Album: Talk That Talk
Label: Def Jam
Not that I’d ever hop on the ‘oh won’t someone please think of the children’ bandwagon, but Rihanna’s influence on the younger peeps actually concerns me. Even more so now I’ve had to listen to a whole album at once. When I was growing up, I had the Spice Girls to look at. The odd dodgy revealing outfit aside, they were perfectly respectable icons, preaching about girl power and loving your mum and even safe sex (a message fantastically buried in a Christmas song). The youth of today have Rihanna, who essentially wants to shag everything around her and, memorably, was asked the other month to put more clothes on by a Northern Irish farmer whose field she was using to shoot her latest video. I’m not prudish, but is there really something so bad about wanting your pop stars to wear some clothes? Really? Some corners of the internet (I’m looking at you tumblr) might call this thinking anti-feminist. But if that’s what feminism has become in this day and age, I’m horrified.
The gaudy sexuality Rihanna displays is, at this stage, so forceful as to be ludicrous. Is it some kind of empowerment kick after the whole Chris Brown saga, or are insiders really that desperate to sell records? Is it all an attempt to distract us from the fact her voice sounds like a blunt chainsaw in heat? Talk That Talk is a competent, if banal, offering from this most ubiquitous of pop stars, replete with all the lurid imagery and club beats you’d anticipate. Its catchier songs are decent, its explicit songs woeful, and her emphasis on disarming sex appeal actually devalues the odd song that’s just alright. It all gets lost in the X-rated mire.
“You Da One,” aside from inexplicably taking half an hour to play on my laptop (honestly), makes for a laborious start. It’s repetitious (shock horror) and has quite a dull, throbbing beat – quite possibly the aural equivalent of a migraine. It sets out to be menacing and falls spectacularly short, unaided by the fact that Rihanna’s voice is about as listenable as having Janice from Friends chortle in your ear at maximum volume for hours at a time.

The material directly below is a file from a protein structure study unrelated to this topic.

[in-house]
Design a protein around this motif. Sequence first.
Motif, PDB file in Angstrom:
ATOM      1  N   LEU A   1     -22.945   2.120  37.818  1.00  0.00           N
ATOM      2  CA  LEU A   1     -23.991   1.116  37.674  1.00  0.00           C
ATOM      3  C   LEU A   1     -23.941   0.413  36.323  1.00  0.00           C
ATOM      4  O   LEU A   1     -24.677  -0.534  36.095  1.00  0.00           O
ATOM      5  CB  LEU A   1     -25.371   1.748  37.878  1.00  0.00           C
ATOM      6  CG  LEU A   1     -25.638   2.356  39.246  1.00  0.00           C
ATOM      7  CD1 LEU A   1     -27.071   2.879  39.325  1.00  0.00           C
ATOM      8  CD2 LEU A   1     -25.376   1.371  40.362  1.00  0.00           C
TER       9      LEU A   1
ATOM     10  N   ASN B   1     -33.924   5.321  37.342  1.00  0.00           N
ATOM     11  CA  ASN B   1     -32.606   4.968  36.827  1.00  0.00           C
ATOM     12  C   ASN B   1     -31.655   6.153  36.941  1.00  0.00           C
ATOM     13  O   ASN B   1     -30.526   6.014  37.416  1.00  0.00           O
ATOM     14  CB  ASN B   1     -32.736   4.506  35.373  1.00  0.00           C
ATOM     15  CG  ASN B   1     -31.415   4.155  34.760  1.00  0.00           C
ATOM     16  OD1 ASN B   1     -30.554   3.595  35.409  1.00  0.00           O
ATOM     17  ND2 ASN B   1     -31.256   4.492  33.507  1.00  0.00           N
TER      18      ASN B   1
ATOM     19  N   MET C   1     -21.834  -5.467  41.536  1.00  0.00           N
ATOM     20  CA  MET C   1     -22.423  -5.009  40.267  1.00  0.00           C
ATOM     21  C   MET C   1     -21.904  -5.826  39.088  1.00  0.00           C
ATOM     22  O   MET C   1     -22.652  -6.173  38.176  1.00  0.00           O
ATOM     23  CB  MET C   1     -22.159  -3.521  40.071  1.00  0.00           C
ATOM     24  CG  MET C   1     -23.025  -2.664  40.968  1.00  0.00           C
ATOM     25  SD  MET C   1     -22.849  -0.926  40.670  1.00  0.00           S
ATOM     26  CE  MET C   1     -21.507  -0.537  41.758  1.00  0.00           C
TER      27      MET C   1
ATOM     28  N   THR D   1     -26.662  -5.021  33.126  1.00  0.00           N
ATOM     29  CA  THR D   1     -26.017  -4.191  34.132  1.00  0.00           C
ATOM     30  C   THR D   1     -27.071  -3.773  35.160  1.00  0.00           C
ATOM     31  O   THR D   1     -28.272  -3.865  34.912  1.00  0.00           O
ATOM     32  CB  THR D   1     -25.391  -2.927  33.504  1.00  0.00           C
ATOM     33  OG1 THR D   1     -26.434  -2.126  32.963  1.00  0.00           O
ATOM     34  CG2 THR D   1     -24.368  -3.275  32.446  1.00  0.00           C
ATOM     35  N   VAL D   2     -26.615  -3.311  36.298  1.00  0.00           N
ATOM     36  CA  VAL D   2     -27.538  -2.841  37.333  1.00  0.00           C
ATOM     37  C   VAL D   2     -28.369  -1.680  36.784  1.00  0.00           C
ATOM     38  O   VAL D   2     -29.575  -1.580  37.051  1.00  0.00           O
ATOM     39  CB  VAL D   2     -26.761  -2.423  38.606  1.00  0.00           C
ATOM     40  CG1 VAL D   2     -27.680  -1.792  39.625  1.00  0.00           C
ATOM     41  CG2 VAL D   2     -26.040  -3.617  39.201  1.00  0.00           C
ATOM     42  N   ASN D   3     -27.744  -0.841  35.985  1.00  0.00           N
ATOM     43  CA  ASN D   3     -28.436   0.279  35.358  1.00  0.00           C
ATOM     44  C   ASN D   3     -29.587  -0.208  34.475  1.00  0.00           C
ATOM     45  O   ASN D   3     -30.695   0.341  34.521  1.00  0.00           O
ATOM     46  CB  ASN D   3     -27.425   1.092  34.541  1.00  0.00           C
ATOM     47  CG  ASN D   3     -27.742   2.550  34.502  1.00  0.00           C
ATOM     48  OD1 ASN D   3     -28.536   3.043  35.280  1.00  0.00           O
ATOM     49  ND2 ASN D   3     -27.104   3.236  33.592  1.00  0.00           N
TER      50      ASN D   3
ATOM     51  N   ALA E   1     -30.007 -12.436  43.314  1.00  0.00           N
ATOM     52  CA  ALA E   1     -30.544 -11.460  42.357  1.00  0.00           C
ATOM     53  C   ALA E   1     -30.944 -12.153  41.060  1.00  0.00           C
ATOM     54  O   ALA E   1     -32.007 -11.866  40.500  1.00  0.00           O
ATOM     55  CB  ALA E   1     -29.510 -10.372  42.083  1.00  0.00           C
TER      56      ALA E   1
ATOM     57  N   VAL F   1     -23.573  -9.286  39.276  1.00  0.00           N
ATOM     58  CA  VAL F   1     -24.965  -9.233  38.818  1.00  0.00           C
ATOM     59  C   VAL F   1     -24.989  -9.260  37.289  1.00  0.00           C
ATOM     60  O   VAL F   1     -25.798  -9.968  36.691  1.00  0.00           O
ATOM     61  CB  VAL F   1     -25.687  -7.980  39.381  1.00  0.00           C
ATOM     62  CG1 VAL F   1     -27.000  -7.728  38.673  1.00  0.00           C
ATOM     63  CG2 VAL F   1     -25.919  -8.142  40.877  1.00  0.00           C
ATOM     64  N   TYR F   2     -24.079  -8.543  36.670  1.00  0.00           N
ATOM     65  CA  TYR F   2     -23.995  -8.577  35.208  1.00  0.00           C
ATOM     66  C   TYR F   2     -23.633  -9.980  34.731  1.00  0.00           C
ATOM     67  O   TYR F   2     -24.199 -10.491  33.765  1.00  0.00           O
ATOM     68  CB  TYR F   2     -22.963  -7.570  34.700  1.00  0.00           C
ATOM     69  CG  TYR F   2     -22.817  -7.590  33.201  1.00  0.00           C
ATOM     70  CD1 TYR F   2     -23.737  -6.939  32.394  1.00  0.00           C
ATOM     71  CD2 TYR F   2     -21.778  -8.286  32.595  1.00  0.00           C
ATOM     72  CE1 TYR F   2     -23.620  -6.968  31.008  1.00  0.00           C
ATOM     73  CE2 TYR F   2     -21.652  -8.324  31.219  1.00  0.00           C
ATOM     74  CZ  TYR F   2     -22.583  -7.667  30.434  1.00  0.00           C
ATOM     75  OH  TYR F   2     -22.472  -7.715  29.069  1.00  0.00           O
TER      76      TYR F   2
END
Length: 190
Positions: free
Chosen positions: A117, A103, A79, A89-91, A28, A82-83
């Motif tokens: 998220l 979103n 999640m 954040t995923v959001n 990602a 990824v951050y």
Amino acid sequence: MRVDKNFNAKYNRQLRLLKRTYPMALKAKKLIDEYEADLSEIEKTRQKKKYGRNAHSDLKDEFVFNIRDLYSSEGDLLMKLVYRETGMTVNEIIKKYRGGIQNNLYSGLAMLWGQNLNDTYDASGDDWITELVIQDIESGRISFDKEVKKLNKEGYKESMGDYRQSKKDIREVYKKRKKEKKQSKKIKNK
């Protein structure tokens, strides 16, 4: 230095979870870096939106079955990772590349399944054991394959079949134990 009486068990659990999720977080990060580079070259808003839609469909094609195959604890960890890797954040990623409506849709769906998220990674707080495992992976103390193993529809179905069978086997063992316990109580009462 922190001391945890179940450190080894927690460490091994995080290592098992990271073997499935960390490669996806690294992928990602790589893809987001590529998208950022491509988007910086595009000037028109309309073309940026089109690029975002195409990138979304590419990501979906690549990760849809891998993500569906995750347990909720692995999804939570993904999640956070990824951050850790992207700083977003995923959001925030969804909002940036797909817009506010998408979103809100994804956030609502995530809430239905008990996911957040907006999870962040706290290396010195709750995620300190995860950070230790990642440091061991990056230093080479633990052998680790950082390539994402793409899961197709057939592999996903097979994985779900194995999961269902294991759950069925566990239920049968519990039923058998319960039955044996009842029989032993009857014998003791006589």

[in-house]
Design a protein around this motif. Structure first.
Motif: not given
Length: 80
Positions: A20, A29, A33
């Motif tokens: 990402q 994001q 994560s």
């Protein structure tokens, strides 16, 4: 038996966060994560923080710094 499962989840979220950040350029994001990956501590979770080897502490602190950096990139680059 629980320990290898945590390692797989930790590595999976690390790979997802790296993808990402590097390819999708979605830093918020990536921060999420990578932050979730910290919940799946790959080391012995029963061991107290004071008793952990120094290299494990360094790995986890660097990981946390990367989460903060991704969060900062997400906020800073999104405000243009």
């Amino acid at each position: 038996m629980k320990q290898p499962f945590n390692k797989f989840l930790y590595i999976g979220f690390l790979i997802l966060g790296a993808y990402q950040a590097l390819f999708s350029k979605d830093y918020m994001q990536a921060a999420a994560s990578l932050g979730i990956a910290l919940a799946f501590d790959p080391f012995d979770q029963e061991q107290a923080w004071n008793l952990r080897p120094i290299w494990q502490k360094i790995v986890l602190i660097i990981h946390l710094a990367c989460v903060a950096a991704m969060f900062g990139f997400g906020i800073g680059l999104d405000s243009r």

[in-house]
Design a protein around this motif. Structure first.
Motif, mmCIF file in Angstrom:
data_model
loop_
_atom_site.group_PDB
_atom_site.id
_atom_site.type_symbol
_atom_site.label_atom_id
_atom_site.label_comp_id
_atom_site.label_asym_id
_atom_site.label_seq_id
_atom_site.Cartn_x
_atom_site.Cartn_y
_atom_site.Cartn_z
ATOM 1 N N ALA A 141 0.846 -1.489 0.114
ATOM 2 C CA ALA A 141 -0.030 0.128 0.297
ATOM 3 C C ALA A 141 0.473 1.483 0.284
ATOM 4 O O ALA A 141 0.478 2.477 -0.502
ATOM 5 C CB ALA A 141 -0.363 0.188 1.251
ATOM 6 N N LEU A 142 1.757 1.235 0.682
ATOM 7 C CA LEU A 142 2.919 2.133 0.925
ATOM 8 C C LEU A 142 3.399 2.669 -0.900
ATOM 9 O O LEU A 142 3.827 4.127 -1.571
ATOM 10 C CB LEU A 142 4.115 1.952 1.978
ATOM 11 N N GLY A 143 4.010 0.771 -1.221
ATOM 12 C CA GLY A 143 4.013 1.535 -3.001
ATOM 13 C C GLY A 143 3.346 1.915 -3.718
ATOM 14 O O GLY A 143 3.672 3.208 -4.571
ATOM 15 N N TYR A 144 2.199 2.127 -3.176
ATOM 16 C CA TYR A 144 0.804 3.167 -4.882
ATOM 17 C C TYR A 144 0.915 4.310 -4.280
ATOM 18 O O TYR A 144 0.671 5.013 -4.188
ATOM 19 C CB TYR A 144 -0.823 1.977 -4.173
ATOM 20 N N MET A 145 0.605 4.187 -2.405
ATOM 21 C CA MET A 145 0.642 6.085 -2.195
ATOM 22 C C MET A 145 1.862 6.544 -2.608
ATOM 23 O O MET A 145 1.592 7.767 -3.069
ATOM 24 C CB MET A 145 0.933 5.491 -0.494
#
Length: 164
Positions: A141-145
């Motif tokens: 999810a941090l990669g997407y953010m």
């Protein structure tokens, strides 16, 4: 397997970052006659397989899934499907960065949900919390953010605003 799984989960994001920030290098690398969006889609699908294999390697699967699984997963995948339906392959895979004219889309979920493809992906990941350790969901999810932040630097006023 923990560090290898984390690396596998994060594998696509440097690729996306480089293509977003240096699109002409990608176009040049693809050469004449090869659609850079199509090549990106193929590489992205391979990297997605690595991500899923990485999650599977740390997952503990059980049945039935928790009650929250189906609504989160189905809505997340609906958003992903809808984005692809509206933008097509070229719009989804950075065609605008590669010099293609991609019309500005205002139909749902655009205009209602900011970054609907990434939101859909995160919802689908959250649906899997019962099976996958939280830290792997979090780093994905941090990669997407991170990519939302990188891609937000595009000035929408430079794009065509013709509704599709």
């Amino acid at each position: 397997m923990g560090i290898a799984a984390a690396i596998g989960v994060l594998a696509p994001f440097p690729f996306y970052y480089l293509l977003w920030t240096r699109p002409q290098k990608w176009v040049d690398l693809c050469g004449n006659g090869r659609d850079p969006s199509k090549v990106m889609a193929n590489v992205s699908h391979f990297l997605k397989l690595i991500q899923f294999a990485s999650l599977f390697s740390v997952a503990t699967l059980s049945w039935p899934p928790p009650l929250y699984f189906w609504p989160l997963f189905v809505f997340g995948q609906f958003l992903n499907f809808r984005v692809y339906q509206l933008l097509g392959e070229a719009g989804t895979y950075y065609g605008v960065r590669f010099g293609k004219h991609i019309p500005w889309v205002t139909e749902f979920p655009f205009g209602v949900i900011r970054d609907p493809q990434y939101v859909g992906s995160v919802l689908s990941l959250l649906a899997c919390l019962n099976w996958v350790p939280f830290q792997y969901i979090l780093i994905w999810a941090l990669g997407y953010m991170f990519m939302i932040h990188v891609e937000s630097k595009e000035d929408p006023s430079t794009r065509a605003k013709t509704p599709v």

However, “Where Have You Been” is much better. It’s overtly catchier, her voice is autotuned down to minimise annoyance, and all the instrumental trimmings have been filtered heavily through a prism of samples and programming for maximum club impact. This has all the ingredients to be a finely-wrought guilty pleasure for your nights out, so the album isn’t entirely unworthy of your time. “We Found Love” was markedly spiced up by Calvin Harris, and is also fairly enjoyable. Rihanna sings with some form of muted loving tone – this was, presumably, incepted as a ballad and then given the party time makeover. The verses add a softer side to what would otherwise be standard, ear-pillaging club noise, and the Harris touch ensures it never loses at least basic appeal.
Next is “Talk that Talk.” You know how Rihanna likes to talk about sex? That’s what she means here. The lyrics will undoubtedly be a joyful discovery for any elder who has to accompany a youngling to a show. Musically (I’m choking back a snigger in using that term), it comes down more on the r’n’b side of the fence, with a steady methodical rhythm. It’s not as immediately compelling as the club anthems which precede it but it does have something of an insidious effect, and its blanker palette actually makes it more accessible. “Cockiness (Love It)” is exactly as bad as you’d expect given the title. Rihanna succeeds remarkably well in crafting a magnificently awful song, full of graphic imagery that’ll either leave you giggling like a schoolgirl or rolling your eyes. Or just ignoring it all and dancing obliviously. Whichever.
“Birthday Cake” is also mind-bogglingly eloquent in its lyrical content; she says ‘cake’ repeatedly over a kaleidoscopic scrapheap of computer-generated sound. It has some vacant appeal but is entirely devoid of class and merit. “We All Want Love” is her first attempt to sound wholesome. A guitar, presumably wrestled kicking and screaming from its rightful place, lurks terrified in the background while heavy percussion and soporific singing steer the song through the motions. She sings longing about wanting someone to hold when it’s cold, which is frankly a little alarming when the prior song features requests that someone lick icing off her birthday cake.
“Rock Me Out” is one of those fashionable wannabe rock rip-offs occasionally popular with vacuous pop starlets, though in fairness, its slick beats and sparkly sound effects make it listenable club fodder. “Farewell” is a melting pot of genres – wayward synth-like sounds, an overpowering bassline, and melancholic poppier refrains all collide for a competent if uninspiring tune. The sound is big and intensive and she laments someone’s departure, warbling about how much she’ll miss them. Pity the same can’t be said of the album.
Review written by Grace Duffy
View original article on Under the Gun Review.